Improving Student Retention: The Role of the Cafeteria

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Dr. Kevin Trutna has served as the Vice President for Academic and Student Services at Yuba College in Marysville, California for the past five years. As the inaugural vice president while Yuba College made the transition from a single-college to a multi-college district with Woodland Community College, Dr. Trutna worked with faculty and staff to create a distributive education division, create a Writing & Language Development Center,expand student activities on campus, and form a
Crisis Intervention Team. Prior to becoming Vice President, Dr. Trutna served six years as Dean of Mathematics, Engineering, Science, and Health Occupations at Yuba College. At Arizona Western College in Yuma, Arizona, Dr. Trutna worked as Director of Institutional Effectiveness, Research, Planning and Grants, as well as Professor of Mathematics. Dr. Trutna earned his Doctorate from Montana State University in Adult and
Higher Education. He holds a Master of Science degree in Mathematics from Montana State University and a Bachelor of Science degree in Mathematics from Loyola University Chicago. Professionally, Dr. Trutna is active in the Association of California Community College Administrators (ACCCA), serving on the Management Development Commission and the leadership team that organizes the highly successful ACCCA Mentor Program. He is a graduate of the ACCCA Mentor Program himself, where he worked with California Community College Chancellor Tom
Nussbaum as his mentor.

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Dr. Kevin Trutna,VP, Academic & Student Services, Yuba College, Marysville, CA
Abstract: 

This article examines the cost-benefit analysis of operating the college cafeteria at Yuba College.  During a budget crisis, all college expenditures were examined for potential cost savings, but more importantly, for their impact on student success.  The college cafeteria was scrutinized specifically for its impact on student retention and success.  Relevant factors that shaped the decision to retain a functioning college cafeteria at Yuba College were explored.  These include food service usage, relationships to other college services, and a review of pertinent studies for the impact of the cafeteria on retention.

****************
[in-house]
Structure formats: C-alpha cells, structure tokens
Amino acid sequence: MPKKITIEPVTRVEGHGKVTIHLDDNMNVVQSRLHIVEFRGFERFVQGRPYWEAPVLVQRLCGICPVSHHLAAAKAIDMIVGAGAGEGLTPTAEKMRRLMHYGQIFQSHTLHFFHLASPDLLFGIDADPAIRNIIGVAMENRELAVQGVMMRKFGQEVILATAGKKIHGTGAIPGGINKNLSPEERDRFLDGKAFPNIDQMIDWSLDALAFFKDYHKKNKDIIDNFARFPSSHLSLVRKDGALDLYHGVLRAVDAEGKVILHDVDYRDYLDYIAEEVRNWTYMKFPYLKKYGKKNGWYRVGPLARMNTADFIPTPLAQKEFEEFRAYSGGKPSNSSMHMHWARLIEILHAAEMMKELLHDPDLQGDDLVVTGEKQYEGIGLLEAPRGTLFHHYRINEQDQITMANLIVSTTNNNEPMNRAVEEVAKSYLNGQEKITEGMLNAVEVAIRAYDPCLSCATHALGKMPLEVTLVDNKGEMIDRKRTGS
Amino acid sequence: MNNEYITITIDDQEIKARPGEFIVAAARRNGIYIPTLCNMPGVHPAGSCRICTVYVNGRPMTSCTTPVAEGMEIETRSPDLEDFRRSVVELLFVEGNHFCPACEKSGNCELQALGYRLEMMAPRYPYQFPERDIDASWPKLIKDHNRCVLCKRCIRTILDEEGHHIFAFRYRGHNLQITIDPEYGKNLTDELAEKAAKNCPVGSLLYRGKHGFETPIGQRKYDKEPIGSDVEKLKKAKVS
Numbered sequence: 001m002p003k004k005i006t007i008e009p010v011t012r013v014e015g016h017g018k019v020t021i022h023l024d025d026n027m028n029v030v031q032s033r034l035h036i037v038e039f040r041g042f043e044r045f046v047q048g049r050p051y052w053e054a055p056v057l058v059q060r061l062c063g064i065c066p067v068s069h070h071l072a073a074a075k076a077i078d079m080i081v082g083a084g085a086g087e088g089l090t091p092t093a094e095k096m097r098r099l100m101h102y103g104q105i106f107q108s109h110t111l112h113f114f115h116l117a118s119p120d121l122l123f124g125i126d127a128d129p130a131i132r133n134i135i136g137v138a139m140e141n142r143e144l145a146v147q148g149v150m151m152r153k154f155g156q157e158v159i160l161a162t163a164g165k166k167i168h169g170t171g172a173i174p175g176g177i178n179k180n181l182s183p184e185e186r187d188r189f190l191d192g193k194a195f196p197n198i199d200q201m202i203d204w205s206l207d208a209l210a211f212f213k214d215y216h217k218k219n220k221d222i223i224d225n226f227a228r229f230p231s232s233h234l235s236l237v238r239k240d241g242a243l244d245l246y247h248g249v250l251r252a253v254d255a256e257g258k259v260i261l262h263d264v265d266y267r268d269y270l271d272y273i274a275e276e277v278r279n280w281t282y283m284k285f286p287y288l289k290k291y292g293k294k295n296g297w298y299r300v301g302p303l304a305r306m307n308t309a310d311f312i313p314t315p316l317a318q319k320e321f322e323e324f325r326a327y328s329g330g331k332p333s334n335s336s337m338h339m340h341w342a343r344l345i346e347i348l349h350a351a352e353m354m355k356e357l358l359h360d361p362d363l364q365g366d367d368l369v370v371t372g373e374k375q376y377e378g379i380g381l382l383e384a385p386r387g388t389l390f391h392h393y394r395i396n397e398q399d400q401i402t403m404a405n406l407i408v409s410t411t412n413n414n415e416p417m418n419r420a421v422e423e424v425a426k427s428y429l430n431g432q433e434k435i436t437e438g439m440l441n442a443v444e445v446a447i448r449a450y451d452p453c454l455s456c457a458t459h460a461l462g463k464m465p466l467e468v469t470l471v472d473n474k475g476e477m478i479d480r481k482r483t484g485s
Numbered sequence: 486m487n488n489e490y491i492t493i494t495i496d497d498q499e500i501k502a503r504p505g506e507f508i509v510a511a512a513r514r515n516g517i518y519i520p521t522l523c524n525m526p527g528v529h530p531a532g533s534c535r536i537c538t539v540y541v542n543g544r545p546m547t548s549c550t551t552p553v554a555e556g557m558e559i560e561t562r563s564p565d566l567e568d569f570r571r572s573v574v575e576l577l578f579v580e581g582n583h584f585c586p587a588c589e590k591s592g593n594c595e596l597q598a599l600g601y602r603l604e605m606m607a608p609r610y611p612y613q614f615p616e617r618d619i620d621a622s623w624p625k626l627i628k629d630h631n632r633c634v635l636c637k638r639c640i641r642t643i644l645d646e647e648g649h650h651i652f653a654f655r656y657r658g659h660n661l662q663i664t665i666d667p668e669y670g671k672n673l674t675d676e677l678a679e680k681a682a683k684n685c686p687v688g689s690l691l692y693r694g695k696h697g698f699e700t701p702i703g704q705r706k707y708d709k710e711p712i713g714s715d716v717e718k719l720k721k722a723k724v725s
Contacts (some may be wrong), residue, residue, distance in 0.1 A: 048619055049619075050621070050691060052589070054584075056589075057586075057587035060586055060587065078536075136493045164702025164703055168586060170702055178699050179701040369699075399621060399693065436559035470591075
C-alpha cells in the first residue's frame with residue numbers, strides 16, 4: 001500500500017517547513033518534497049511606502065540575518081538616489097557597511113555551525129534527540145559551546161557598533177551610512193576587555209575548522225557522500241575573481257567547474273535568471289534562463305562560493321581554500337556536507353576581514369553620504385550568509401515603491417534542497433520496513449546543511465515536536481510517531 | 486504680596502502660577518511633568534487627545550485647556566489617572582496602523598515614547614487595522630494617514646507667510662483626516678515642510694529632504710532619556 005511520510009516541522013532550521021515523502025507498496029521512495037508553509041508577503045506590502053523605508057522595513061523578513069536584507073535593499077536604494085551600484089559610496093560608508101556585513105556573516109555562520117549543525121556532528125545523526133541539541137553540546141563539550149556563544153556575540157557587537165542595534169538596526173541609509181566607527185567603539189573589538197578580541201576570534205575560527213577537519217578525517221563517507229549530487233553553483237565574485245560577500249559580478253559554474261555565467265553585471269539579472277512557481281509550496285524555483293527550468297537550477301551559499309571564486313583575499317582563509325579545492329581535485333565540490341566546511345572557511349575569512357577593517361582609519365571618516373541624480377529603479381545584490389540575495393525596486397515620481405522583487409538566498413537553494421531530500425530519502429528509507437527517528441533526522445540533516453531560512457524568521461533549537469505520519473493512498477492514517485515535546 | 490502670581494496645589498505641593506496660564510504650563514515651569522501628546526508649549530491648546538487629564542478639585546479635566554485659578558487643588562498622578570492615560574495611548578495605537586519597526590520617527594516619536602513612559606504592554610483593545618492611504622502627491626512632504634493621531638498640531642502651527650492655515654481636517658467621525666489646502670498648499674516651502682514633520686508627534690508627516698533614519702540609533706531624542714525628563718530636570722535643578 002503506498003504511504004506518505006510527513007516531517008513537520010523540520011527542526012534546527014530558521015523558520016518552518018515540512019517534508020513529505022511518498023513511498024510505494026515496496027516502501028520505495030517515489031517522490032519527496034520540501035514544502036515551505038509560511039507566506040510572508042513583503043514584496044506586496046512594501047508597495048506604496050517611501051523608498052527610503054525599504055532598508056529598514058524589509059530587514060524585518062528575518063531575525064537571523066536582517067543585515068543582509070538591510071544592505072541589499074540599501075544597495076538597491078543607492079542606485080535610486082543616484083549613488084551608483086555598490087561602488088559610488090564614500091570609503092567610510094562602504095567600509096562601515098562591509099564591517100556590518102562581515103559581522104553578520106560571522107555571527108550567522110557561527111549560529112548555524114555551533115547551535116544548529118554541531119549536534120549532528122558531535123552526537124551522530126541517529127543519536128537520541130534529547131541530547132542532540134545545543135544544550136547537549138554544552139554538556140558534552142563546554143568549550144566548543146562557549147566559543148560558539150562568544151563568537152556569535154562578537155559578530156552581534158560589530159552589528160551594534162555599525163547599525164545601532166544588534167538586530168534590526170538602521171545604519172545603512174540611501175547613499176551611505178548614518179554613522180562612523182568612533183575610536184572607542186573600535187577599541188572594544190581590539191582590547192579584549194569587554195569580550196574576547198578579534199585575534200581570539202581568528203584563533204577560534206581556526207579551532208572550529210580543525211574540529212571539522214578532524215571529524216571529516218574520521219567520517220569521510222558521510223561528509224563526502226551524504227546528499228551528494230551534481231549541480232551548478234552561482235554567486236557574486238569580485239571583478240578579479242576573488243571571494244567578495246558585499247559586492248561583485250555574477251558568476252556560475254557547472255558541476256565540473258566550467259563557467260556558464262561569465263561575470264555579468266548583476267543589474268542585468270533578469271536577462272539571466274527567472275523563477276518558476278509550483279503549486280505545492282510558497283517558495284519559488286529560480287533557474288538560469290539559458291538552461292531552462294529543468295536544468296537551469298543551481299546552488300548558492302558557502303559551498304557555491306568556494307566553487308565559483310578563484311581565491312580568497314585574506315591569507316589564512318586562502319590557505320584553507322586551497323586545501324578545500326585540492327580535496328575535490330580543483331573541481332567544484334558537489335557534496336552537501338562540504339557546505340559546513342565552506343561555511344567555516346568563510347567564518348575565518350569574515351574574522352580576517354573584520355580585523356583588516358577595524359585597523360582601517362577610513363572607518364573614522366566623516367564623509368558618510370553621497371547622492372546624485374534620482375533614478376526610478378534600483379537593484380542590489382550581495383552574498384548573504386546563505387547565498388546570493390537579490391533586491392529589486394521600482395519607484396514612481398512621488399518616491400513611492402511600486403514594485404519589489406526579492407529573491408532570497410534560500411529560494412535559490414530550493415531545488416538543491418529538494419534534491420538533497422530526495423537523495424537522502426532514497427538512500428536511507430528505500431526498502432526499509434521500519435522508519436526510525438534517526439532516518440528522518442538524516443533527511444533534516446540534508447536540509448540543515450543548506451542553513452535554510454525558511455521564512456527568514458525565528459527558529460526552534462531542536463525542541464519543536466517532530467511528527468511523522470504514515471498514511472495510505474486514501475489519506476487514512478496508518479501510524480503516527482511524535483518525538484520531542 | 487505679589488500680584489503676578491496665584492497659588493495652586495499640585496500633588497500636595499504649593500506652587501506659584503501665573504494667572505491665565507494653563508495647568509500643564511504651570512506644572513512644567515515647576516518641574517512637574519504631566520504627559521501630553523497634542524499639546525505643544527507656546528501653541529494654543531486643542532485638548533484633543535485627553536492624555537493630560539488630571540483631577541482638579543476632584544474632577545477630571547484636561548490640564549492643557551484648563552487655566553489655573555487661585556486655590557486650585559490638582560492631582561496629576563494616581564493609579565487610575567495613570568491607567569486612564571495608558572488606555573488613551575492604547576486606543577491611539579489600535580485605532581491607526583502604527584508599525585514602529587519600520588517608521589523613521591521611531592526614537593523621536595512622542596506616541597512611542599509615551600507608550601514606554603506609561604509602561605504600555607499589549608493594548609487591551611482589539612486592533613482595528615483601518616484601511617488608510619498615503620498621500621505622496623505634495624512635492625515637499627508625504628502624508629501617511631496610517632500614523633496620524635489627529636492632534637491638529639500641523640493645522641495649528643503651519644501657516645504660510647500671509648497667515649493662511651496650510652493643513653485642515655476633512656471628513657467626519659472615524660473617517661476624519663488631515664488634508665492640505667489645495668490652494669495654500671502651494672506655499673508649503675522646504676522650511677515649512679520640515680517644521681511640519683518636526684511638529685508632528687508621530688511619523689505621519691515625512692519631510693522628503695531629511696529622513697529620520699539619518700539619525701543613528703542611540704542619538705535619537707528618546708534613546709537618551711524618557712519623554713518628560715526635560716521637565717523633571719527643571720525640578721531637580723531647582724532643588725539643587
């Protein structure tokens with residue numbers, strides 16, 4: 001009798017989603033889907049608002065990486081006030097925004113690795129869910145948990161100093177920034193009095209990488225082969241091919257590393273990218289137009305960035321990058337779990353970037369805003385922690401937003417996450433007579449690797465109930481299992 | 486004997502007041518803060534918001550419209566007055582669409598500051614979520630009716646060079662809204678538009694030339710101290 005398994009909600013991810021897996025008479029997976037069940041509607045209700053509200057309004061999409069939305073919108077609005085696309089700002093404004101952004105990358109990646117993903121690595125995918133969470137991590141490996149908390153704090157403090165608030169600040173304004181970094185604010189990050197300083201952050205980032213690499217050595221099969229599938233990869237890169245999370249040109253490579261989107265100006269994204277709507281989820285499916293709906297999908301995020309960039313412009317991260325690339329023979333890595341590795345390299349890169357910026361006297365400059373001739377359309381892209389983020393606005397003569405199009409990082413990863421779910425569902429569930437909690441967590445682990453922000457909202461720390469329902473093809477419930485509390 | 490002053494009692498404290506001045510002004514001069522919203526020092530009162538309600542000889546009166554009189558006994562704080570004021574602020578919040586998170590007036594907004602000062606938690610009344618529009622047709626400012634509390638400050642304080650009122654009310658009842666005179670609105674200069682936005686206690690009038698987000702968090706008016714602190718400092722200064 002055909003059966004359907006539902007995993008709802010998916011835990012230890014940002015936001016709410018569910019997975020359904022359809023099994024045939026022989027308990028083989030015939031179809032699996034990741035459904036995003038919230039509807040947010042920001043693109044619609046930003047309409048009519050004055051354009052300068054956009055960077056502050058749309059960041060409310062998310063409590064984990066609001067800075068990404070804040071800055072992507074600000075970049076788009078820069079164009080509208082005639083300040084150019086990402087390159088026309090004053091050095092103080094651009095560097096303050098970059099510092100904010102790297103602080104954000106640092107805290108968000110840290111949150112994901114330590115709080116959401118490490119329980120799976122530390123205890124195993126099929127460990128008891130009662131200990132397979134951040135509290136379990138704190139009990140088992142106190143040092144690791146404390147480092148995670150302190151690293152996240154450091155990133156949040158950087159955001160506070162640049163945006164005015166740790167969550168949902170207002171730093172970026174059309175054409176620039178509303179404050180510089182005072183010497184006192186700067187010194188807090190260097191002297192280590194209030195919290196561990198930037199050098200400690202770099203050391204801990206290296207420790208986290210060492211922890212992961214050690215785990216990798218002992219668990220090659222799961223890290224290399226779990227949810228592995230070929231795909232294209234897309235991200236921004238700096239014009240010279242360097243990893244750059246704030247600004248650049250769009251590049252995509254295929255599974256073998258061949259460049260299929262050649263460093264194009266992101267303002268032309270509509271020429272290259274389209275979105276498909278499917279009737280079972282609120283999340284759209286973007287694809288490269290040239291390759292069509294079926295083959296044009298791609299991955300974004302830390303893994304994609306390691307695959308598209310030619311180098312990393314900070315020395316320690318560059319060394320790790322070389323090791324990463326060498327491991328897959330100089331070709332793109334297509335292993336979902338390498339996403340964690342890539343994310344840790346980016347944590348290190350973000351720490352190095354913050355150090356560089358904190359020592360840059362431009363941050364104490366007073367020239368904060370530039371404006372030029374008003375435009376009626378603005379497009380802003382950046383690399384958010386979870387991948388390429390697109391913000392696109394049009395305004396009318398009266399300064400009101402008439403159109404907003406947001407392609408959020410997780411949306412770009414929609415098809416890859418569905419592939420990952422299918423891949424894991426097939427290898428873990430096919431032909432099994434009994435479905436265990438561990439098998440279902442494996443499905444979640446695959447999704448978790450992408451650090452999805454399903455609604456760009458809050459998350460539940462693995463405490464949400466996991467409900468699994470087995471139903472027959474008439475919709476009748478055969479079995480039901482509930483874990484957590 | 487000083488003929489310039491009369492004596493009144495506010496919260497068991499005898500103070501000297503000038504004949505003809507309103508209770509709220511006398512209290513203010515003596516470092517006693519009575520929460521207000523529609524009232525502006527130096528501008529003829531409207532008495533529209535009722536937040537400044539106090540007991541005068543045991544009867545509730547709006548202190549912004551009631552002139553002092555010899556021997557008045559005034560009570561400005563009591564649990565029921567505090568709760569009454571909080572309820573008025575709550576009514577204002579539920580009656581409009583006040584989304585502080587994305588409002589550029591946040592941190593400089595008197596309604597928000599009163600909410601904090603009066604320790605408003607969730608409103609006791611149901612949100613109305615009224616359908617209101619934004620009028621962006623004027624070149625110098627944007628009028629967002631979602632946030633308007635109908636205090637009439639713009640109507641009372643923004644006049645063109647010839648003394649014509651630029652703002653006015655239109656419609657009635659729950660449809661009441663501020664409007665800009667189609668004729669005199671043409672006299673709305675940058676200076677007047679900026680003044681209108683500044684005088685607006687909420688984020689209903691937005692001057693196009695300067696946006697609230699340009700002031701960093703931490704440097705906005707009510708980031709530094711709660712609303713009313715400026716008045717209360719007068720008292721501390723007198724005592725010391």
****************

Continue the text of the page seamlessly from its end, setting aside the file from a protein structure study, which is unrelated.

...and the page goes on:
Article: 

In today’s budget climate, there is a constant struggle to decrease spending, while at the same time a pressure is exerted to increase retention strategies.  An interesting player entered both of these discussions at Yuba College: the venerable campus cafeteria.  While preparing a detailed recommendation for cost saving options, the cafeteria was investigated because it represented a significant expenditure of college resources.  During this research it was discovered that the cafeteria served many purposes beyond simply proving lunches for students and staff – it sits at the core of a college community while scarcely being noticed until budget shortfalls force everyone to examine the importance of food service on campus.  The purpose of this article is to present information that was uncovered in determining the role of the cafeteria in campus life, and its impact on the entire college.  This discussion is a topic of conversations among Chief Business Officers around the state, and this article presents several issues beyond the cost of operating a cafeteria.

A useful and inviting college cafeteria is a factor in the success of community college students.  A major retention strategy is to create multiple areas for students to stay on campus and utilize the support services available.  Cafeterias and food service programs are noted in several academic studies as one of the strongest retention strategies for students at community colleges.  Or, as one senior faculty member recently commented, “once students leave campus to get food, they will often not return to study or take classes.”  A summary of several relevant academic articles is included.

On the other hand, cafeterias are often financially subsidized by colleges due to several factors: the main reason being the seasonal use of food services by students.  Given the sparse budget situation faced by many colleges, it is natural to look at areas where budget savings can be realized.  A budget task force at Yuba College recently asked the question regarding the costs and benefits for operating the campus cafeteria.

Food Service Usage: